This paper quantifies drain from the global South through unequal exchange since 1960. According to our primary method, which relies on exchange-rate differentials, we find that in the most recent year of data the global North (‘advanced economies’) appropriated from the South commodities worth $2.2 trillion in Northern prices — enough to end extreme poverty 15 times over. Over the whole period, drain from the South totalled $62 trillion (constant 2011 dollars), or $152 trillion when accounting for lost growth. Appropriation through unequal exchange represents up to 7% of Northern GDP and 9% of Southern GDP. We also test several alternative methods, for comparison: we quantify unequal exchange in terms of wage differentials instead of exchange-rate differentials, and report drain in global average prices as well as Northern prices. Regardless of the method, we find that the intensity of exploitation and the scale of unequal exchange increased significantly during the structural adjustment period of the 1980s and 1990s. This study affirms that drain from the South remains a significant feature of the world economy in the post-colonial era; rich countries continue to rely on imperial forms of appropriation to sustain their high levels of income and consumption.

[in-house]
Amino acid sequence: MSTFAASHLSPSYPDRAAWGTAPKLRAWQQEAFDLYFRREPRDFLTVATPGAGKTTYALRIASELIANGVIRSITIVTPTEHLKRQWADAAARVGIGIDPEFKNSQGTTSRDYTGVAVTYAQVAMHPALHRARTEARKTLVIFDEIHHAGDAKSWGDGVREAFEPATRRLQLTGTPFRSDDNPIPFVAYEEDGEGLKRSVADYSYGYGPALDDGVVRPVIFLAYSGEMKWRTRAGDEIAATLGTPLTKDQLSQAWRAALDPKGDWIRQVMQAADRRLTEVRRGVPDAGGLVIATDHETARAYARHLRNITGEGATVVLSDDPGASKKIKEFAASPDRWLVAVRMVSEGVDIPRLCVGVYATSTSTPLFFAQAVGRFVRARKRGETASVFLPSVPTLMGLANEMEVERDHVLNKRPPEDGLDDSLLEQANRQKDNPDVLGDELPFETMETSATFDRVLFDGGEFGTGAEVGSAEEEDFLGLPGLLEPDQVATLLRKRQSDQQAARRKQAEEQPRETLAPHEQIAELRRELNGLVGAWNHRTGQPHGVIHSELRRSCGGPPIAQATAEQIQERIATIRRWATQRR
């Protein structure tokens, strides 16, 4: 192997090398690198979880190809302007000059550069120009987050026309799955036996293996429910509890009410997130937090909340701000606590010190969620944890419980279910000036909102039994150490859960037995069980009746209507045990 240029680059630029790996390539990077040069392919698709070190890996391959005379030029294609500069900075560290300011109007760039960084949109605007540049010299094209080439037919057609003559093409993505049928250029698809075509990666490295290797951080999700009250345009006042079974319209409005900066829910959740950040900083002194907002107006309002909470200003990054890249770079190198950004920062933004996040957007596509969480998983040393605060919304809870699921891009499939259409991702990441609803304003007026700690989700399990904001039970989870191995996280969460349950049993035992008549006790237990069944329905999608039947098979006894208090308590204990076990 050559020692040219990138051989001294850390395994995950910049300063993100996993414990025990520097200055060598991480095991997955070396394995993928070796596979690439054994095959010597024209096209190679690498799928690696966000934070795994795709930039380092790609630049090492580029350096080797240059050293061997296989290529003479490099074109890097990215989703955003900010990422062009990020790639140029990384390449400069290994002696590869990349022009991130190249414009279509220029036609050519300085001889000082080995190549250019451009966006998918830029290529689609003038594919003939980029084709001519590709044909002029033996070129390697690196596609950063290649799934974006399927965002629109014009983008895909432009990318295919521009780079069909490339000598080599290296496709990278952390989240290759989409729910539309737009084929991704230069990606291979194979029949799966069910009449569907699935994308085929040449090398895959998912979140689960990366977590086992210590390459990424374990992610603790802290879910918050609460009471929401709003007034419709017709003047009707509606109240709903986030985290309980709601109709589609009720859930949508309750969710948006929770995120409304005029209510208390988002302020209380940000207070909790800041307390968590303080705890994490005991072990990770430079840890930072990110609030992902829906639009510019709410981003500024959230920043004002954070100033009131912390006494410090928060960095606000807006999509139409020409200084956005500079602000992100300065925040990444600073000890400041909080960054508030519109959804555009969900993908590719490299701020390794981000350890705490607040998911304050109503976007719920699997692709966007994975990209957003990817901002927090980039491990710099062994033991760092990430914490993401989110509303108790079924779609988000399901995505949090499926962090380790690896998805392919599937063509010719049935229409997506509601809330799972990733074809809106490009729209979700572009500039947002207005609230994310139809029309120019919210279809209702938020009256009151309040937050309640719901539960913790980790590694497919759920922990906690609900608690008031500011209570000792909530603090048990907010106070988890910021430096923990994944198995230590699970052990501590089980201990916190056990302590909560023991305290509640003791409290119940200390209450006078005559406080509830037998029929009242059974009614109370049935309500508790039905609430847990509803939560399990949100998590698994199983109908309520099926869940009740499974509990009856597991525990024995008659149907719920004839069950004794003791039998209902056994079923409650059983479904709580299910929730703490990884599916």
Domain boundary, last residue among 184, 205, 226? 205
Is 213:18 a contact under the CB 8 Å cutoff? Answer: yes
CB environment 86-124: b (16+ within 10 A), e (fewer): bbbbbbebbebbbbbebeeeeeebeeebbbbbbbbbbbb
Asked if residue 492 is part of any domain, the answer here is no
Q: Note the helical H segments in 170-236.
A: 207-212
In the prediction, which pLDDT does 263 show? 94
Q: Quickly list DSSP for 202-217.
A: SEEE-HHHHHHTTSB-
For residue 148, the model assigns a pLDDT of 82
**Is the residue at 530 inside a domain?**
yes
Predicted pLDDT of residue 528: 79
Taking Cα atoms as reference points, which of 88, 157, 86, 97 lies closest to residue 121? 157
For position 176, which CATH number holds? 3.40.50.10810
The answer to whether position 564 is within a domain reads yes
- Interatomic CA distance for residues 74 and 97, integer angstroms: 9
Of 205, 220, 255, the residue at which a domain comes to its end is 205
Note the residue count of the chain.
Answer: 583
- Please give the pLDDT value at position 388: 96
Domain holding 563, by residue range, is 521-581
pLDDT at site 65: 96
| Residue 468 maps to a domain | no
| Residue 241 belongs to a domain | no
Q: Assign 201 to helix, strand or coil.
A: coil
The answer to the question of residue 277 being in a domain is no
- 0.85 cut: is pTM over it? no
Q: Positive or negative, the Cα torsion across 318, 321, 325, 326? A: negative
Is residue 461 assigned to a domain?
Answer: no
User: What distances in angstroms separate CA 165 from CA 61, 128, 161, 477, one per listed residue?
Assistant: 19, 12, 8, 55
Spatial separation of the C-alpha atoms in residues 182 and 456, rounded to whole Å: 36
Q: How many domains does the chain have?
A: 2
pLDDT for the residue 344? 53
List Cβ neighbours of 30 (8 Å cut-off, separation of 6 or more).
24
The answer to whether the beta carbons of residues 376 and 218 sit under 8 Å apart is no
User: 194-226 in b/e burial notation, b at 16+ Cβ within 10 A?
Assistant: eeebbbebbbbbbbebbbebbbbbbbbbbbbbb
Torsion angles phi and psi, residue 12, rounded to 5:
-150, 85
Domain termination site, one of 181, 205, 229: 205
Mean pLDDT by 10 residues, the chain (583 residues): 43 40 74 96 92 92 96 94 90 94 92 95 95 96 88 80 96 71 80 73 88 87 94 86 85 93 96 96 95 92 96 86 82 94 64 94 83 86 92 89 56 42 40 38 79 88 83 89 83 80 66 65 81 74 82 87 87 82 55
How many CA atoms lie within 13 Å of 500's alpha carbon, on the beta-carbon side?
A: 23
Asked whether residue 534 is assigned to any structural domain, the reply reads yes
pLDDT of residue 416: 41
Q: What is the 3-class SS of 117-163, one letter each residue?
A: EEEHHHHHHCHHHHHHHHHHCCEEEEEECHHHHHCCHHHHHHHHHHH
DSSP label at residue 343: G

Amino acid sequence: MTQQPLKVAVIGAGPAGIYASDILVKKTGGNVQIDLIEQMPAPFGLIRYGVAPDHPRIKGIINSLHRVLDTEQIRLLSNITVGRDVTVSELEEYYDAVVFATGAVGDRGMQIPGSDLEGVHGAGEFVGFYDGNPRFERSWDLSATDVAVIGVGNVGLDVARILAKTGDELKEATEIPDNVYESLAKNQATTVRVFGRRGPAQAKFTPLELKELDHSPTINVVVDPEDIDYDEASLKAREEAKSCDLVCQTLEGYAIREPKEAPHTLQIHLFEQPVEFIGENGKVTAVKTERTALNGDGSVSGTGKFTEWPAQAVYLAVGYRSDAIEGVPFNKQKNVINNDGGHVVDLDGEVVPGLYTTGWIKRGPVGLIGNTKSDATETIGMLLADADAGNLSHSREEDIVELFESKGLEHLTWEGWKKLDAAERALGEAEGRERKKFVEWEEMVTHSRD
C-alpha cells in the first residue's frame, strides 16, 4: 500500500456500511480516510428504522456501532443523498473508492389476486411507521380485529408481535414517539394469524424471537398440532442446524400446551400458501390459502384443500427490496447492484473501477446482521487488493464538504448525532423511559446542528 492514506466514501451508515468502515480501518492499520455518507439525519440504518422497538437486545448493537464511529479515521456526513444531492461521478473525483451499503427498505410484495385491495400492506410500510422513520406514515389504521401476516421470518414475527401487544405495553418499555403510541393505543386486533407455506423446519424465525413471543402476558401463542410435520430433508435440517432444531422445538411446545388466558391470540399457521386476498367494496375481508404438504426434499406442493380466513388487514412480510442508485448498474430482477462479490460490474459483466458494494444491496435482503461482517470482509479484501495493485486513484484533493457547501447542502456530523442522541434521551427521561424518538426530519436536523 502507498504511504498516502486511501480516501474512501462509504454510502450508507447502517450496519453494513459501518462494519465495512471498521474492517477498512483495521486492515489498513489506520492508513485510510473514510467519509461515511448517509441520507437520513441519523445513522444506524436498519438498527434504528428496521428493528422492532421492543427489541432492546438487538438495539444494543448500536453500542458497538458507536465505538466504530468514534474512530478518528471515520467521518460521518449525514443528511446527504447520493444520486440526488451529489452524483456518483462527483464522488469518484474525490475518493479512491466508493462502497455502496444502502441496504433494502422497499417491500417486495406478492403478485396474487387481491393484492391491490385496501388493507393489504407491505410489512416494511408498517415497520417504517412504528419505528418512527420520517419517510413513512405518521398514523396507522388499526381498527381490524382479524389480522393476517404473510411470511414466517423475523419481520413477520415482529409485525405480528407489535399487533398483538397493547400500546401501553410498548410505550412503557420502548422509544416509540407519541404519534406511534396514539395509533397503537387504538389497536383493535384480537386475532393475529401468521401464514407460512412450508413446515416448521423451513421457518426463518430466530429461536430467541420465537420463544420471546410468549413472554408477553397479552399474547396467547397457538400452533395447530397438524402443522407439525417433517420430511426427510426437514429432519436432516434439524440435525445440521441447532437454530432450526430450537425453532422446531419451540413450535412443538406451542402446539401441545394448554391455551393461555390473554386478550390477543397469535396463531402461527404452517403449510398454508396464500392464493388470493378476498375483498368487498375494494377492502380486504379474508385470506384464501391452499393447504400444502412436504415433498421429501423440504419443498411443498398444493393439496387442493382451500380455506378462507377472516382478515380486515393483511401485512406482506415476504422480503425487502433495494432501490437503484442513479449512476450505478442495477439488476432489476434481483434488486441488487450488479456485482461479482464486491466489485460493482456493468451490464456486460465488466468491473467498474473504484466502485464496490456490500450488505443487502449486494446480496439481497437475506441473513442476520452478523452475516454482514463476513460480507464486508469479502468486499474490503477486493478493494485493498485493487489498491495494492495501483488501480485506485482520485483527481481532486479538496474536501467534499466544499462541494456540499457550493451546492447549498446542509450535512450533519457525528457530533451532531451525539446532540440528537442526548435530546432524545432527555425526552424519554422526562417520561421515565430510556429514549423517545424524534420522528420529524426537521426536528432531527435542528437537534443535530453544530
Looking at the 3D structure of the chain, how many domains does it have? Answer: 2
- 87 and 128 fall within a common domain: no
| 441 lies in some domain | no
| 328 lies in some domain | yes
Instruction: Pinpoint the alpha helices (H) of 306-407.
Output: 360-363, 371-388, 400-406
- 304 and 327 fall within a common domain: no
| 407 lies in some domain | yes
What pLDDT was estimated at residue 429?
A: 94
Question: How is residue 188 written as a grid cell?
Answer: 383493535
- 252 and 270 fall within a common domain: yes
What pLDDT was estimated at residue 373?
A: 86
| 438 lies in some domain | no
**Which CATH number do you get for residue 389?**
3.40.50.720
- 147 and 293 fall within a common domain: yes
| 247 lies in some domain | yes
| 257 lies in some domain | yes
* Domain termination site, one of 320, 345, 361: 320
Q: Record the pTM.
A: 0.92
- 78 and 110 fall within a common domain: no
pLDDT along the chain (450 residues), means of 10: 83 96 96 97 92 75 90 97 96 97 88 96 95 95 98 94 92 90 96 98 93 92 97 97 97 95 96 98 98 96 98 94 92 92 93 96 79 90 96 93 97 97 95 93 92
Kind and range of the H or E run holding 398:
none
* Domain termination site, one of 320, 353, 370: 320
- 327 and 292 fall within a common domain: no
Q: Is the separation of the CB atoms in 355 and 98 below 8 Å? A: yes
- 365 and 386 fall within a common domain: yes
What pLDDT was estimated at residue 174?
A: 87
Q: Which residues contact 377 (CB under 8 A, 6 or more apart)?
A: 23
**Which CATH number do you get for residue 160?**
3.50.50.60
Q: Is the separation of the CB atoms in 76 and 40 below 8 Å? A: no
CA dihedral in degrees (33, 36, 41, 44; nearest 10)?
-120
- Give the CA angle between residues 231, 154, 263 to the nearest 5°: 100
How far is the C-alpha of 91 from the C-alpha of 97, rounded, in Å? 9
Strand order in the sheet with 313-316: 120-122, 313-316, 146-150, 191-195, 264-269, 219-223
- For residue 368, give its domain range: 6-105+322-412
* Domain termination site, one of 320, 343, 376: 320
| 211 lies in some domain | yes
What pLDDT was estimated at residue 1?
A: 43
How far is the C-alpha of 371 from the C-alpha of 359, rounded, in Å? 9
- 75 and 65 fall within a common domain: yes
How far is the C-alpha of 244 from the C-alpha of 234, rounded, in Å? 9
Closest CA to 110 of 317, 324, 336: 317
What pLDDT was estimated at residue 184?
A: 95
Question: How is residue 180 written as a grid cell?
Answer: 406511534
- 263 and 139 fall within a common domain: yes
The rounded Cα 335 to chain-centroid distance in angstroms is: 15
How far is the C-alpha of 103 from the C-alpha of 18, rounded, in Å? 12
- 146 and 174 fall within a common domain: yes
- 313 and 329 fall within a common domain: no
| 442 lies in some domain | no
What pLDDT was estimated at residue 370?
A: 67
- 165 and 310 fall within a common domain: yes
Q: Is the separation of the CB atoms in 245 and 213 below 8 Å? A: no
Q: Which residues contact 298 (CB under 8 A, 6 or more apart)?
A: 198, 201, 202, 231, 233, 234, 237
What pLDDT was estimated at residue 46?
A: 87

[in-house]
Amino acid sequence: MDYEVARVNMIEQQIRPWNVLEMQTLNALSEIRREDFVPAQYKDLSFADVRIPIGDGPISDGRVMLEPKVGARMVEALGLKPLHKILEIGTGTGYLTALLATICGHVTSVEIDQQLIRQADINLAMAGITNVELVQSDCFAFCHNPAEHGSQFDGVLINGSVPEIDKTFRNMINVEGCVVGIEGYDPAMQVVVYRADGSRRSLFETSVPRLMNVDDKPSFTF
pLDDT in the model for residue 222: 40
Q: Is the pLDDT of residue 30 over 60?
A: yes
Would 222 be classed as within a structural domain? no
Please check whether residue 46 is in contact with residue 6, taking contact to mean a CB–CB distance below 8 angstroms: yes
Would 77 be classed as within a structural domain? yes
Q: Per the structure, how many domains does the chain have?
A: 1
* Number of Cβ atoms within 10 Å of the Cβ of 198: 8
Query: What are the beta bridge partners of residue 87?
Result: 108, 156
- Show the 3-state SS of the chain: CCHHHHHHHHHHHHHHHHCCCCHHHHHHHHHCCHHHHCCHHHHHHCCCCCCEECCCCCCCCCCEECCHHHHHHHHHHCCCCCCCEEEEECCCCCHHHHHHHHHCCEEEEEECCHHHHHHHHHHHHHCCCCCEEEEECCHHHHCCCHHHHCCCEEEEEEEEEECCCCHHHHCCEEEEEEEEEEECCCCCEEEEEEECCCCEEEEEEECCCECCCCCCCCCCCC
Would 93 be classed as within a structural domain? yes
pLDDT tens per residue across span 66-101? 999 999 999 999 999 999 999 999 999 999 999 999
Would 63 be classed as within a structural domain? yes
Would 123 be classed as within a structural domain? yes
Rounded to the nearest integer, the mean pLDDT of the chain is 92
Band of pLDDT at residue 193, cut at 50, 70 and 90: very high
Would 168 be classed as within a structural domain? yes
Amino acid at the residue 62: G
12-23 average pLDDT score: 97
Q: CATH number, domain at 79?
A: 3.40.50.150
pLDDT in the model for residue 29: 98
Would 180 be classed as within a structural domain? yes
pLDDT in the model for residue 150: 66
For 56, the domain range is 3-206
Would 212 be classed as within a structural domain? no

The dominant assumption in the field of international development holds that the economic per-formance of nations is due primarily to their internal, domestic conditions. High-income countries have achieved economic success because of good governance, strong institutions and free markets. Lower-income countries have failed to develop because they lack these things, or because they suffer from corruption, red tape and inefficiency (Sachs2005; Collier2007; Rostow1960; Moyo2009; Calderisi2006). Therefore, development interventions should focus primarily on fixing domestic policy in global South countries, with the assistance of aid from donor governments.This view has long come under criticism. Methodological nationalism–analysing each country in isolation–erases the longstanding inequitable relationships between countries that have defined the global economy for the last 500 years. When we take this history into account, it becomes evident that the wealth of high-income nations depends on processes of appropriation from the rest of the world. This was clear during the colonial period, but it also remains true today. In this paper we quan-tify the value appropriated from the global South through unequal exchange since 1960, demon-strating that the wealthy nations of the global North continue to rely on extraction to finance economic growth and sustain high levels of consumption. This pattern is evident during the entire postcolonial period, from 1960 to today, but has been particularly significant during the era of neoliberal globalisation since the 1980s.
full paper here: https://www.are.na/block/11398902 (pdf)